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Karma

Randolph Finch
United States of America

Question

It is my observation that effect and cause can be hard to distinguish. Sometimes the effect of something negative can be the cause of something totally unrelated to be affected negatively, etc. times infinity. Doesn't the concept of Karma confuse people about the ultimate origins of their problems and/or in some cases pardon them from thinking critically about what their problems really are? I ask this in the spirit of genuine inquiry, with respect for Ananda.

Nayaswami Gyandev

Nayaswami Gyandev

Ananda Village

Answer

Karma sounds—and is—simple: As you sow, so shall you reap. But although the reaping part may be clear, it's often extremely difficult, or even impossible for most people, to link it correctly with what was sown. This can, as you say, “confuse people about the ultimate origins of their problems.” I have heard Swami Kriyananda say, “It takes a spiritual master to understand karma.”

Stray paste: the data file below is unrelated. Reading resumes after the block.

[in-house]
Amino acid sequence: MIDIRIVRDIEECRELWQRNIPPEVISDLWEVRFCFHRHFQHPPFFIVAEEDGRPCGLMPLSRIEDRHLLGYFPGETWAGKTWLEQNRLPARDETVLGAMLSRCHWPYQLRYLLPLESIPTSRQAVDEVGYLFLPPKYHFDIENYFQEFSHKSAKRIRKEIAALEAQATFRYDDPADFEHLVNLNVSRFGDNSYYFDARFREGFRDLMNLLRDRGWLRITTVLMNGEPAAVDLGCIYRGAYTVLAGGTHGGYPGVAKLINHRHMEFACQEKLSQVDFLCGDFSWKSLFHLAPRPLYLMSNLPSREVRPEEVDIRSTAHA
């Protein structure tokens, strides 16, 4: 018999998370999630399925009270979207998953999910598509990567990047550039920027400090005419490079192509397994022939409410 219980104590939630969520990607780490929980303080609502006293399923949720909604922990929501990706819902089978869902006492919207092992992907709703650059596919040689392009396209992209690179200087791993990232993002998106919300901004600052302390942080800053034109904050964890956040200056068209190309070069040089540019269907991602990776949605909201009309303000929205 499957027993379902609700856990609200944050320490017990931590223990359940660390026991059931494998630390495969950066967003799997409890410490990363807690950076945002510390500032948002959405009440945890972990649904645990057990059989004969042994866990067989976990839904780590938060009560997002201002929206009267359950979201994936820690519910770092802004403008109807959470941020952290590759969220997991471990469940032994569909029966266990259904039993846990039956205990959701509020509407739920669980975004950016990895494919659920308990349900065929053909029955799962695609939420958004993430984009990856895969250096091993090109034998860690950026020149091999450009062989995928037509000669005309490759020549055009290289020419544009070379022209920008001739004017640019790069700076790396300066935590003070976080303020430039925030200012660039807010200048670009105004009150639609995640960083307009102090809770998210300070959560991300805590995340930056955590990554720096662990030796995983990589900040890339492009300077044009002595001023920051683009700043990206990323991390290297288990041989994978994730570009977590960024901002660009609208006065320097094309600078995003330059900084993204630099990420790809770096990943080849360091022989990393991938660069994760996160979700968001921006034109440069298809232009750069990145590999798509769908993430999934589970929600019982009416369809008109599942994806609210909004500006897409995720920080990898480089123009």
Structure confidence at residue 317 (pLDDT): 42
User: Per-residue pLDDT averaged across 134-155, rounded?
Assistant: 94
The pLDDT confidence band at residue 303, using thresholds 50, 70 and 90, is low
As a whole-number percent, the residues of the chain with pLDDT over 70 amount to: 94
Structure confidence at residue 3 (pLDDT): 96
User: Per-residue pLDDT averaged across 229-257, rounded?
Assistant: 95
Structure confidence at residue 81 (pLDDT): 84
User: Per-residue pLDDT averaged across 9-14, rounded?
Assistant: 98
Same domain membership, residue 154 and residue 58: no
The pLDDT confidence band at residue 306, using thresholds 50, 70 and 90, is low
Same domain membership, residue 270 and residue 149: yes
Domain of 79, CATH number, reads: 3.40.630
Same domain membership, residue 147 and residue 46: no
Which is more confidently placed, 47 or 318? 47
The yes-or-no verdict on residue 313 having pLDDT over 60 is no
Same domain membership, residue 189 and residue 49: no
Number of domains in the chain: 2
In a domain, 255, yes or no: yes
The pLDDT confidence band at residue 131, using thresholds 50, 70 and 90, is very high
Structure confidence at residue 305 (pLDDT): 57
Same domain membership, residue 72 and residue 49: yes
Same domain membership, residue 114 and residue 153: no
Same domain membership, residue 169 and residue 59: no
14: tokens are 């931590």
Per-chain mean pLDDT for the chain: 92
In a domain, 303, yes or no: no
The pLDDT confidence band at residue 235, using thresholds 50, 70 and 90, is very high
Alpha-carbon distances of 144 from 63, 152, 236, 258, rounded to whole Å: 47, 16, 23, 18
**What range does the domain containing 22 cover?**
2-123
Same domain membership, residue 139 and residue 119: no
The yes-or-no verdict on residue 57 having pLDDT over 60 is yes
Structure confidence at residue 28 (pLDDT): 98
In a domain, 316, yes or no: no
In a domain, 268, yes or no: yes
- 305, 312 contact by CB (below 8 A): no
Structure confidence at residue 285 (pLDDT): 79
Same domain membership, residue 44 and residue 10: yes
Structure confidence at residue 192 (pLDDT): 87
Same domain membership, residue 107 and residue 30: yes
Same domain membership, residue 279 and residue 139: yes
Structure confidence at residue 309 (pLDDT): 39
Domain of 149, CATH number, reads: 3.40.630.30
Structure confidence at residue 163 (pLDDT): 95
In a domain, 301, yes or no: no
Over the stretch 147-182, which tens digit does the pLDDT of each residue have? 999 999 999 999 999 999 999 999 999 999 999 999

Then should we even try to understand the causes behind what happens to us? Absolutely. If we don't try to see where and why we've gone wrong (or right), how will we learn to do better? Yet along with this spirit of sincere self-inquiry, we must have the humility to accept that it's beyond us to find the inner causes of much of what happens to us. And it's also helpful to accept that, whatever has happened, we had a role in bringing it about, regardless of whether we understand what that role was. The point comes, however, when we simply need to get on with our lives, doing the best we can. Paramhansa Yogananda's ever-practical advice was to analyze our mistakes carefully to learn what we can from them, then forget them forever.

For a deeper understanding of the mind-bending law of karma, I highly recommend the book, Karma and Reincarnation, by Paramhansa Yogananda.

 

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